Paradise on Earth: The Turks and Caicos Islands
By Bill Bailey
The Turks and Caicos Islands is a country of 8 major islands and numerous uninhabited cays located 575 miles south of Miami. TCI uses the postal code BWI which represents British West Indies, a diversified group of Caribbean islands including Anguilla, British Virgin Islands, Cayman Islands, Monserrat, and the Turks and Caicos Islands, all dependent areas of the United Kingdom.
Turks & Caicos are known for the world's most beautiful beaches, pristine coral reefs, diving, fishing, offshore investments, luxury condominiums and villa vacation rentals. The Islands are protected by a government dedicated to preserving the islands natural beauty.
Grand Turk is the administrative and political capital of the Turks & Caicos Islands and Cockburn Town has been the seat of government since 1766. This small island is bursting with turn-of-the-century Caribbean charm.
Founded by Bermudan Salt Rakers some three centuries ago, its Bermudan British colonial architecture amidst the colorful, Caribbean-style local dwellings make Grand Turk worth a visit.
Grand Turk is six miles long and just over a mile wide. Like the other islands, Grand Turk is blessed with miles of quiet sugary beaches and is close to several uninhabited cays just waiting to be explored. At the north point of the island, a channel to the sea gives access to North Creek, the only hurricane shelter for yachts traveling between Nassau and Puerto Rico.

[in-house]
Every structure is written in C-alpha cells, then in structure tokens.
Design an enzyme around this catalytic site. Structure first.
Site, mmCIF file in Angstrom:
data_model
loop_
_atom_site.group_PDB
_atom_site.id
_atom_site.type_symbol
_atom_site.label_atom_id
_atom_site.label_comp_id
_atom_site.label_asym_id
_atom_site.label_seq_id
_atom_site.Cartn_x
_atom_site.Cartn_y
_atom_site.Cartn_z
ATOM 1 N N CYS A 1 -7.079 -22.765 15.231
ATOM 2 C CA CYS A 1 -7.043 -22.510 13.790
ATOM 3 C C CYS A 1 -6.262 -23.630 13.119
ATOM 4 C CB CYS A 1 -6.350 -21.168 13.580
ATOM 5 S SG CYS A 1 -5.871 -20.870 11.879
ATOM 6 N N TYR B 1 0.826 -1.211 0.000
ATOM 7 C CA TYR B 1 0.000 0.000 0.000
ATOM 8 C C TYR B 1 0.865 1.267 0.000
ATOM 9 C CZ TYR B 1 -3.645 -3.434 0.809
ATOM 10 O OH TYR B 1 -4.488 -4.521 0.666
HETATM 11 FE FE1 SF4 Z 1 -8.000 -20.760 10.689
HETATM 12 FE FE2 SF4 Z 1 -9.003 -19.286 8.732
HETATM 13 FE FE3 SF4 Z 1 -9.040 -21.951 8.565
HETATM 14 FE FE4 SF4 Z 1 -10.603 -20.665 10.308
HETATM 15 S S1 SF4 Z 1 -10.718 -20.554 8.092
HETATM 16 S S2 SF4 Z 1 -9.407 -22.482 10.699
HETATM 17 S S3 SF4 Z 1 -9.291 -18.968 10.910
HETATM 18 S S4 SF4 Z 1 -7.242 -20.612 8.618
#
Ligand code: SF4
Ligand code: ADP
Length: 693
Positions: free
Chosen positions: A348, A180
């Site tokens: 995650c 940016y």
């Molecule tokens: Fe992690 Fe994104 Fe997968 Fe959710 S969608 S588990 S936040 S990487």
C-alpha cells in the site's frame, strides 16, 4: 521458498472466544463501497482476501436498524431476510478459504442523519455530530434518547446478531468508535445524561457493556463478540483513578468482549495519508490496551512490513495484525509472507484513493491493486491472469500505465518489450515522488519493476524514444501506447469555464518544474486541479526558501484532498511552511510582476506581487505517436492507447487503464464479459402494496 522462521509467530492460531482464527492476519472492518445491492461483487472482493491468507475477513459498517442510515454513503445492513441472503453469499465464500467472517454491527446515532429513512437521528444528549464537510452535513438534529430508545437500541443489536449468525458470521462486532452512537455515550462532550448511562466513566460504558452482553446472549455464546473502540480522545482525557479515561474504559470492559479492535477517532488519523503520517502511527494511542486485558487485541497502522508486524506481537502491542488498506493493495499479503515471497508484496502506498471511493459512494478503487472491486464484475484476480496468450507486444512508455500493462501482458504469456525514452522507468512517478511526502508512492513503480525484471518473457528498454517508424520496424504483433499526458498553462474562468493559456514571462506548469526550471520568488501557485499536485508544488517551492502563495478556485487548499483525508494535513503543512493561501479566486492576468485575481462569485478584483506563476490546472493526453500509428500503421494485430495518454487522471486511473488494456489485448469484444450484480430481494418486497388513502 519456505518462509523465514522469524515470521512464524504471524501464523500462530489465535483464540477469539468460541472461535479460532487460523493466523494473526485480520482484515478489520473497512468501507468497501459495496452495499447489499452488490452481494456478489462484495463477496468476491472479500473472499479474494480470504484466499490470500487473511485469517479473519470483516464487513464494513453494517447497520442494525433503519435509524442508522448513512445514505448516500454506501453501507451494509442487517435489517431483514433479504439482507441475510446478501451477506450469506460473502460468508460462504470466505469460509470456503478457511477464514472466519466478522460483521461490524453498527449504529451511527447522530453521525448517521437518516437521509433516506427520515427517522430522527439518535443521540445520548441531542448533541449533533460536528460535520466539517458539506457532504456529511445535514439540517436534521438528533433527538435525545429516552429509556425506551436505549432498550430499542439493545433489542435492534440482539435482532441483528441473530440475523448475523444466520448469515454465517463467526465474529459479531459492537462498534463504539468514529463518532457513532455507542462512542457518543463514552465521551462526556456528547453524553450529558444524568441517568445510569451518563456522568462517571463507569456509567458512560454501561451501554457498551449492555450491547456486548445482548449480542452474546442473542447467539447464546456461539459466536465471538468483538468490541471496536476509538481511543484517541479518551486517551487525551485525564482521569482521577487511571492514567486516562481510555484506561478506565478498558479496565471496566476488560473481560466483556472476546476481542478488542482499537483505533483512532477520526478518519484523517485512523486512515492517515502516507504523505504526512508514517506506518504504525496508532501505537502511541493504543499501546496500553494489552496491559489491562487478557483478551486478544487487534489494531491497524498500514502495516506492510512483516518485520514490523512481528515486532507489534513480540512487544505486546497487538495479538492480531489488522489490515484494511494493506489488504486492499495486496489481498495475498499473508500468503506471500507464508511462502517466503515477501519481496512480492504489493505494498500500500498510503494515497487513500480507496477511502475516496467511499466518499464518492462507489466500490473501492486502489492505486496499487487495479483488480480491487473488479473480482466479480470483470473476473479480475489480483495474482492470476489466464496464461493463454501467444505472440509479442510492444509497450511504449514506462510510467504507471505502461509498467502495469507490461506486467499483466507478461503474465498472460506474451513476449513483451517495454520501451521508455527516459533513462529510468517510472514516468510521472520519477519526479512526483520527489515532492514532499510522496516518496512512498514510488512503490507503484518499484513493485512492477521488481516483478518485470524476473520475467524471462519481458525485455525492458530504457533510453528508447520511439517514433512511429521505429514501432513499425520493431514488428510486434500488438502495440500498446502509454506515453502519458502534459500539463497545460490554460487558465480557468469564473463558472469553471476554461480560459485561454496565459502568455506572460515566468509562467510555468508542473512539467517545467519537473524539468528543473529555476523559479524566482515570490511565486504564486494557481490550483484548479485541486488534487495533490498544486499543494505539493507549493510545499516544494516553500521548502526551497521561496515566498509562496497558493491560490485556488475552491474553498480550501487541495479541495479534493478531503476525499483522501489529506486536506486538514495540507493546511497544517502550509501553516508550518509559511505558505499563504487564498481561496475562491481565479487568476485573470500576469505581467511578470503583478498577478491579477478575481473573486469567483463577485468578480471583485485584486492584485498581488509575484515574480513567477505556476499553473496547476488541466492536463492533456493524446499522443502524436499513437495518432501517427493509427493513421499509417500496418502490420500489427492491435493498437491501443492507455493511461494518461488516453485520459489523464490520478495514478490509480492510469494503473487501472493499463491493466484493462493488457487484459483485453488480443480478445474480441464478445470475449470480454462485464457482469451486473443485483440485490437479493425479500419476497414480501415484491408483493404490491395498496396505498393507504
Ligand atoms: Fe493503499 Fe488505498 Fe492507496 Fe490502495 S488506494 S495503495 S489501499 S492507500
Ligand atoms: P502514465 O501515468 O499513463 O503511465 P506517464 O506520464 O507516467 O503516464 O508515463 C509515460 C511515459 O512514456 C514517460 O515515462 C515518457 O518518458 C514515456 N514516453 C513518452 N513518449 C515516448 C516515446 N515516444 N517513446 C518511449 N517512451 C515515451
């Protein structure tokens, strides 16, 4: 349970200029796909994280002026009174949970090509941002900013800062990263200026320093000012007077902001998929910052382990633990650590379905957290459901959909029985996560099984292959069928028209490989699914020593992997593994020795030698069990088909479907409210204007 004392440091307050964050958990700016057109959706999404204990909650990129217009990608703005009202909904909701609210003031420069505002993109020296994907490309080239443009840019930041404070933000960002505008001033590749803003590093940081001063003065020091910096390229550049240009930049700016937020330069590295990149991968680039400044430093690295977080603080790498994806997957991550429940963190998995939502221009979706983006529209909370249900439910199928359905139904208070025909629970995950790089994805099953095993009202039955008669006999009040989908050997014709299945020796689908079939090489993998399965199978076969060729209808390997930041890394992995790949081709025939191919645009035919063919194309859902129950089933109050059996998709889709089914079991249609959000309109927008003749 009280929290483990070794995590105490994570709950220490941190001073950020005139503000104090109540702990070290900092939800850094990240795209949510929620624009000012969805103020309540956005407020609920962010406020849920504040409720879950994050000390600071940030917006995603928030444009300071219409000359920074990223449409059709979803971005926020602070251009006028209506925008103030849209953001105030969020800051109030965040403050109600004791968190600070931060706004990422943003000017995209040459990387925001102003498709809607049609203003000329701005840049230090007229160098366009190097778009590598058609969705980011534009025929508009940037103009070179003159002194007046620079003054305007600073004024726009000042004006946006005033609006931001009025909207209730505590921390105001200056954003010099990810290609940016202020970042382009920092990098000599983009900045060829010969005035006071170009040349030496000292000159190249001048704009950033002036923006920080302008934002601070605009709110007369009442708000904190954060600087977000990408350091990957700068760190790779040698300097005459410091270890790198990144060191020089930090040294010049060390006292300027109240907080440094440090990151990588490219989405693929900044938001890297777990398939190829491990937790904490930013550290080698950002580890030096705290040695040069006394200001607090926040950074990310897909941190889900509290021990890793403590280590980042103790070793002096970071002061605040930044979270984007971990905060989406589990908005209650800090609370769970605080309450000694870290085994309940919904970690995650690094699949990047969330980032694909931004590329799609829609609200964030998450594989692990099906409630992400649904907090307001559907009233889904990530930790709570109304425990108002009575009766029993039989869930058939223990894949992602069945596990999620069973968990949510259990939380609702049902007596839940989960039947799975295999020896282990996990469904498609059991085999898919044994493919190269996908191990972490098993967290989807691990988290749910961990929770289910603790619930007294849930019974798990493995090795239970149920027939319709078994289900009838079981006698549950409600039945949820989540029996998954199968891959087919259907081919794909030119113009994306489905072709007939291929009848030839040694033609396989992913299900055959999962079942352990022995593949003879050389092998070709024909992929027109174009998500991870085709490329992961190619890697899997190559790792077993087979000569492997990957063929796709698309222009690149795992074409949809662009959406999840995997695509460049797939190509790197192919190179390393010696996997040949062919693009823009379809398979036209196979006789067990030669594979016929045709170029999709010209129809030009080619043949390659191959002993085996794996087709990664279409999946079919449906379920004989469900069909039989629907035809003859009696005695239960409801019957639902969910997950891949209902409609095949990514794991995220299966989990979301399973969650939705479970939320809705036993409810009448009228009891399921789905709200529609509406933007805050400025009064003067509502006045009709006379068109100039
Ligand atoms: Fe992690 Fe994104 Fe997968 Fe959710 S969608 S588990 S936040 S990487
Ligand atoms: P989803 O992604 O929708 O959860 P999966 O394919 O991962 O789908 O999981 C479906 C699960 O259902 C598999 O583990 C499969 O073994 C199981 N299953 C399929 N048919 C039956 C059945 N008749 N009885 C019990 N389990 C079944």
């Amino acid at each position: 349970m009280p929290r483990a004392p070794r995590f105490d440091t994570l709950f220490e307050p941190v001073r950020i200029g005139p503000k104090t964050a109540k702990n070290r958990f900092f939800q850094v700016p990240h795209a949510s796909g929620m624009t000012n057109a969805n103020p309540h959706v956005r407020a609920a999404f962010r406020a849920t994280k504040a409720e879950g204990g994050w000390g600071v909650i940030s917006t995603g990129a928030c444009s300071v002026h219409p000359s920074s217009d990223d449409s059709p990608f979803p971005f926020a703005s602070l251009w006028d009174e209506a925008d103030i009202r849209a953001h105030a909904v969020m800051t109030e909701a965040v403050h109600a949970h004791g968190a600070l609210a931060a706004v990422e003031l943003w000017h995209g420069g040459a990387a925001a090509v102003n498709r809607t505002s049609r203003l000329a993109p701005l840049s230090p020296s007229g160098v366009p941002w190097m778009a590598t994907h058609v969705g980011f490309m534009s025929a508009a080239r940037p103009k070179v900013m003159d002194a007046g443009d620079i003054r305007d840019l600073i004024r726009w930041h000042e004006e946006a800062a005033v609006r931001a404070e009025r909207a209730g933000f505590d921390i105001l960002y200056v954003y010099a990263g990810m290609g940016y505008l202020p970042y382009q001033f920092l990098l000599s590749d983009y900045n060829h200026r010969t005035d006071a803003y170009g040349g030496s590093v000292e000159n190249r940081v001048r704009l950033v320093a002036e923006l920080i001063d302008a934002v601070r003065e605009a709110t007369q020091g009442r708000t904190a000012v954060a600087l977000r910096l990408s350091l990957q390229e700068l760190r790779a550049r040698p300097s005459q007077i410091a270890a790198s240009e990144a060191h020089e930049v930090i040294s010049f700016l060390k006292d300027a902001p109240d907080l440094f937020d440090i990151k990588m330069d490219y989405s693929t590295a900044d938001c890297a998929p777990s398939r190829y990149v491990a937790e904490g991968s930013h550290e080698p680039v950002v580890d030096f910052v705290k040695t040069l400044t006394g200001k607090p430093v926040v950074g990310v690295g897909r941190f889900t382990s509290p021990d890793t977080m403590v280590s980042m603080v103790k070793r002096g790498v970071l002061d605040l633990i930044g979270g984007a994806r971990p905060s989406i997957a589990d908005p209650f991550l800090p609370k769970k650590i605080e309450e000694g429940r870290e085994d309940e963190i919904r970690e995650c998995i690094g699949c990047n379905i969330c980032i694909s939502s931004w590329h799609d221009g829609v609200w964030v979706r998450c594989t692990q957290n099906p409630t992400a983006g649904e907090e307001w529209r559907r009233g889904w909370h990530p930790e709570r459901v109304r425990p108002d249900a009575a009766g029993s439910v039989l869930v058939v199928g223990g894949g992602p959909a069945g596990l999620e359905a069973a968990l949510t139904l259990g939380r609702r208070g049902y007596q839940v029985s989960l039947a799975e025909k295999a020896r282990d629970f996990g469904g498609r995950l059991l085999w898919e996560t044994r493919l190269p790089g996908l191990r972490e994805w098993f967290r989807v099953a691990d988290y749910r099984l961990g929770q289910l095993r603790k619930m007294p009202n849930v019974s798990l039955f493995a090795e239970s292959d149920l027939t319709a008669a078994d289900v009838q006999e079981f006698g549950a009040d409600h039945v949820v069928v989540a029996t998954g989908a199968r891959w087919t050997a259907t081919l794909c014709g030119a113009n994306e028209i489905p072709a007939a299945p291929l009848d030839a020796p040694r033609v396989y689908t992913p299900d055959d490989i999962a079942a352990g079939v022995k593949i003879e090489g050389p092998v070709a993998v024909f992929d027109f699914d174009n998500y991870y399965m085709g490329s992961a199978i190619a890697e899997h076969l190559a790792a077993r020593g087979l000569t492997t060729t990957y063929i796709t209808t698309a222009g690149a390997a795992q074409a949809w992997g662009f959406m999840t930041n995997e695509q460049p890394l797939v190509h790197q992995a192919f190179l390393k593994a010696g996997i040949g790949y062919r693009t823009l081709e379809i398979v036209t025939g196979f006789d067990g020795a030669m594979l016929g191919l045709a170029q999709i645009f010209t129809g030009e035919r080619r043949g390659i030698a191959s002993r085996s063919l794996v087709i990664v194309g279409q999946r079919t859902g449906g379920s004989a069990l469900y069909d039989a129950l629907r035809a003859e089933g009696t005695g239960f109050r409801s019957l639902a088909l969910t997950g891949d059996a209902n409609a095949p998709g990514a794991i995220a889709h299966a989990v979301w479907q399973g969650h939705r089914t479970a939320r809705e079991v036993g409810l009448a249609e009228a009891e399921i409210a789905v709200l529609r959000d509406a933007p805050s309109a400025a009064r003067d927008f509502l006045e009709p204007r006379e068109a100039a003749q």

Donkeys, horses and cattle were the means of transportation during the salt industry, and these animals are seen still wondering the streets and countryside of Grand Turk.
Every summer Grand Turk becomes party town. In July Grand Turk is host to the annual Grand Turk Heineken Game Fishing Tournament, a fun-filled event for local and visiting sportspeople as well as party enthusiasts. Also sometime between June and September, Grand Turk parties down again with a week full of dancing to island music, sporting challenges, local food and much fun and other events to break up the heat of summer.
Grand Turk excels in providing spectacular diving, snorkeling, fishing and sailing and is consistently rated among the top 10 dive destinations in the World. The warm Atlantic Sea waters are filled with marine life ranging from a tiny seahorse to manta, eagle and sting rays, green and hawksbill turtles, dolphin, shark, whale shark and the magnificent humpback whale. Diving is just a 5 minute boat ride offshore to the 7,000 foot vertical wall. On the top of the wall divers enjoy diving through the incredible coral formations and sand gullies.
Grand Turk diving is relaxed, boats go out with one-tank and easily return to shore for an hour interval before going out to the government's marine conservation parks for the second dive. The local dive operators have combined efforts forming an organization to 'Protect Reefs & Islands from Degradation and Exploitation' ensuring that the reefs are managed and used with respect.
Photographers enjoy old Bermudian-style archtecture, gates and doorways, beautiful turquoise waters and colorful plants that set Grand Turk apart from the other islands with its endearing Caribbean charm.